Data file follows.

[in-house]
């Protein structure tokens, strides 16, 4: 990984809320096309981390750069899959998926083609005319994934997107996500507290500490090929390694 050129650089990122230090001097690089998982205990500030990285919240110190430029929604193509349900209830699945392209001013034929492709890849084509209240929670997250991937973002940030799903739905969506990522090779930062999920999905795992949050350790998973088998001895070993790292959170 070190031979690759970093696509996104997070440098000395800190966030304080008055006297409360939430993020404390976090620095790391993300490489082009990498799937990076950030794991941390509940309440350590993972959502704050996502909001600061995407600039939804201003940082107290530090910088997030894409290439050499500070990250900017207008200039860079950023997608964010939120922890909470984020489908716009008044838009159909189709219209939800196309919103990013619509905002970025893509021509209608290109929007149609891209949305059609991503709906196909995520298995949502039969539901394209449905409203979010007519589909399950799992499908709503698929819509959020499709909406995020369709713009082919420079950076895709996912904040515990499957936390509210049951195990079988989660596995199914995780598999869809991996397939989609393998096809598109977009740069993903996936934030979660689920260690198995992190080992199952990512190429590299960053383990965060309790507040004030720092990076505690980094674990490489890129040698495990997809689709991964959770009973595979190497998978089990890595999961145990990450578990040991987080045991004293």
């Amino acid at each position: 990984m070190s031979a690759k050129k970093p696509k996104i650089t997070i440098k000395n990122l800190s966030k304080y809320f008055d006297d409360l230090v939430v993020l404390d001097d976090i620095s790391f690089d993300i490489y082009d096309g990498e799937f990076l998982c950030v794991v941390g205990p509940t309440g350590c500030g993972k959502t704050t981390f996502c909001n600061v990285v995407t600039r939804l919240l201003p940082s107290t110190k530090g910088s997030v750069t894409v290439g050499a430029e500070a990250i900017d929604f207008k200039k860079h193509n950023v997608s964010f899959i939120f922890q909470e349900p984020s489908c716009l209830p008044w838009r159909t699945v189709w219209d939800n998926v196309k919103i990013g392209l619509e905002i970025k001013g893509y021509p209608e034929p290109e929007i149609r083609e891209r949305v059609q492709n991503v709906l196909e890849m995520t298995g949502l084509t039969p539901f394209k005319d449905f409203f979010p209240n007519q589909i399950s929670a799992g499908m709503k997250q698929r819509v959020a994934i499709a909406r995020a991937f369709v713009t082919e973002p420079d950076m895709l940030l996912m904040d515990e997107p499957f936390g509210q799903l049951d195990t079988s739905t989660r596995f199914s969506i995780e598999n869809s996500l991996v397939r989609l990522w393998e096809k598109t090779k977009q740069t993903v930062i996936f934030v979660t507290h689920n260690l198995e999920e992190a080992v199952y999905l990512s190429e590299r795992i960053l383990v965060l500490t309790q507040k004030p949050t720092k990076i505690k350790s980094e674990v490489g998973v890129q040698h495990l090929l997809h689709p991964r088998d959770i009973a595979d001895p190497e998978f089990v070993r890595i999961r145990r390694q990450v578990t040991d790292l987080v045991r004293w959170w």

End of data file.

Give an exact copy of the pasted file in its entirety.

[in-house]
């Protein structure tokens, strides 16, 4: 990984809320096309981390750069899959998926083609005319994934997107996500507290500490090929390694 050129650089990122230090001097690089998982205990500030990285919240110190430029929604193509349900209830699945392209001013034929492709890849084509209240929670997250991937973002940030799903739905969506990522090779930062999920999905795992949050350790998973088998001895070993790292959170 070190031979690759970093696509996104997070440098000395800190966030304080008055006297409360939430993020404390976090620095790391993300490489082009990498799937990076950030794991941390509940309440350590993972959502704050996502909001600061995407600039939804201003940082107290530090910088997030894409290439050499500070990250900017207008200039860079950023997608964010939120922890909470984020489908716009008044838009159909189709219209939800196309919103990013619509905002970025893509021509209608290109929007149609891209949305059609991503709906196909995520298995949502039969539901394209449905409203979010007519589909399950799992499908709503698929819509959020499709909406995020369709713009082919420079950076895709996912904040515990499957936390509210049951195990079988989660596995199914995780598999869809991996397939989609393998096809598109977009740069993903996936934030979660689920260690198995992190080992199952990512190429590299960053383990965060309790507040004030720092990076505690980094674990490489890129040698495990997809689709991964959770009973595979190497998978089990890595999961145990990450578990040991987080045991004293």
């Amino acid at each position: 990984m070190s031979a690759k050129k970093p696509k996104i650089t997070i440098k000395n990122l800190s966030k304080y809320f008055d006297d409360l230090v939430v993020l404390d001097d976090i620095s790391f690089d993300i490489y082009d096309g990498e799937f990076l998982c950030v794991v941390g205990p509940t309440g350590c500030g993972k959502t704050t981390f996502c909001n600061v990285v995407t600039r939804l919240l201003p940082s107290t110190k530090g910088s997030v750069t894409v290439g050499a430029e500070a990250i900017d929604f207008k200039k860079h193509n950023v997608s964010f899959i939120f922890q909470e349900p984020s489908c716009l209830p008044w838009r159909t699945v189709w219209d939800n998926v196309k919103i990013g392209l619509e905002i970025k001013g893509y021509p209608e034929p290109e929007i149609r083609e891209r949305v059609q492709n991503v709906l196909e890849m995520t298995g949502l084509t039969p539901f394209k005319d449905f409203f979010p209240n007519q589909i399950s929670a799992g499908m709503k997250q698929r819509v959020a994934i499709a909406r995020a991937f369709v713009t082919e973002p420079d950076m895709l940030l996912m904040d515990e997107p499957f936390g509210q799903l049951d195990t079988s739905t989660r596995f199914s969506i995780e598999n869809s996500l991996v397939r989609l990522w393998e096809k598109t090779k977009q740069t993903v930062i996936f934030v979660t507290h689920n260690l198995e999920e992190a080992v199952y999905l990512s190429e590299r795992i960053l383990v965060l500490t309790q507040k004030p949050t720092k990076i505690k350790s980094e674990v490489g998973v890129q040698h495990l090929l997809h689709p991964r088998d959770i009973a595979d001895p190497e998978f089990v070993r890595i999961r145990r390694q990450v578990t040991d790292l987080v045991r004293w959170w």